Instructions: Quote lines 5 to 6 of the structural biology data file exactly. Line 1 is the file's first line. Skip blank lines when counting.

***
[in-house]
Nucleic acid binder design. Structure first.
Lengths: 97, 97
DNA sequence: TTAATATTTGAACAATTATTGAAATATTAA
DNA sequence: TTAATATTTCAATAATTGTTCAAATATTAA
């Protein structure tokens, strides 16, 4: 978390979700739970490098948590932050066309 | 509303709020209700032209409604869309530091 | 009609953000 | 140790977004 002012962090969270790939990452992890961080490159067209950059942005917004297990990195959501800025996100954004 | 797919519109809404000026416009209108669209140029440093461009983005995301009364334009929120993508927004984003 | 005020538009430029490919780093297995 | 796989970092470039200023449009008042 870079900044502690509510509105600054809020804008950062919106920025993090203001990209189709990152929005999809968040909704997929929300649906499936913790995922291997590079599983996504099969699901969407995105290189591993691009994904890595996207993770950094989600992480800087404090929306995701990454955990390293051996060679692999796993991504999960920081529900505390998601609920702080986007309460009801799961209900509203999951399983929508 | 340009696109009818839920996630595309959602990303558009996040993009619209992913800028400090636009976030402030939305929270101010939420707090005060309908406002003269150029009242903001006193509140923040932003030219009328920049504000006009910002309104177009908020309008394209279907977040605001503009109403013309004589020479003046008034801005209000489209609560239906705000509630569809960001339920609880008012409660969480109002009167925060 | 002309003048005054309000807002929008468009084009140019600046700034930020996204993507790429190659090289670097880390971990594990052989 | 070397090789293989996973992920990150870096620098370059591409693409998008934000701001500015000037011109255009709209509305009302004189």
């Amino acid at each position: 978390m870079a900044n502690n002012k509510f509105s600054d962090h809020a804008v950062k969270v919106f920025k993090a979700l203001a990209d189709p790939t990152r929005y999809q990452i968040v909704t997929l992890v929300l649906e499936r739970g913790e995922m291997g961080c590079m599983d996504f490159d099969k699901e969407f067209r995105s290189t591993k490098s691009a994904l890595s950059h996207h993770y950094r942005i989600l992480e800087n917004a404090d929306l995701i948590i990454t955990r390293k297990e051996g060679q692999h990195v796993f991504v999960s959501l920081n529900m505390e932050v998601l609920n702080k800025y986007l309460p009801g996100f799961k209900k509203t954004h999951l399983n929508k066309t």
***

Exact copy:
DNA sequence: TTAATATTTCAATAATTGTTCAAATATTAA
């Protein structure tokens, strides 16, 4: 978390979700739970490098948590932050066309 | 509303709020209700032209409604869309530091 | 009609953000 | 140790977004 002012962090969270790939990452992890961080490159067209950059942005917004297990990195959501800025996100954004 | 797919519109809404000026416009209108669209140029440093461009983005995301009364334009929120993508927004984003 | 005020538009430029490919780093297995 | 796989970092470039200023449009008042 870079900044502690509510509105600054809020804008950062919106920025993090203001990209189709990152929005999809968040909704997929929300649906499936913790995922291997590079599983996504099969699901969407995105290189591993691009994904890595996207993770950094989600992480800087404090929306995701990454955990390293051996060679692999796993991504999960920081529900505390998601609920702080986007309460009801799961209900509203999951399983929508 | 340009696109009818839920996630595309959602990303558009996040993009619209992913800028400090636009976030402030939305929270101010939420707090005060309908406002003269150029009242903001006193509140923040932003030219009328920049504000006009910002309104177009908020309008394209279907977040605001503009109403013309004589020479003046008034801005209000489209609560239906705000509630569809960001339920609880008012409660969480109002009167925060 | 002309003048005054309000807002929008468009084009140019600046700034930020996204993507790429190659090289670097880390971990594990052989 | 070397090789293989996973992920990150870096620098370059591409693409998008934000701001500015000037011109255009709209509305009302004189």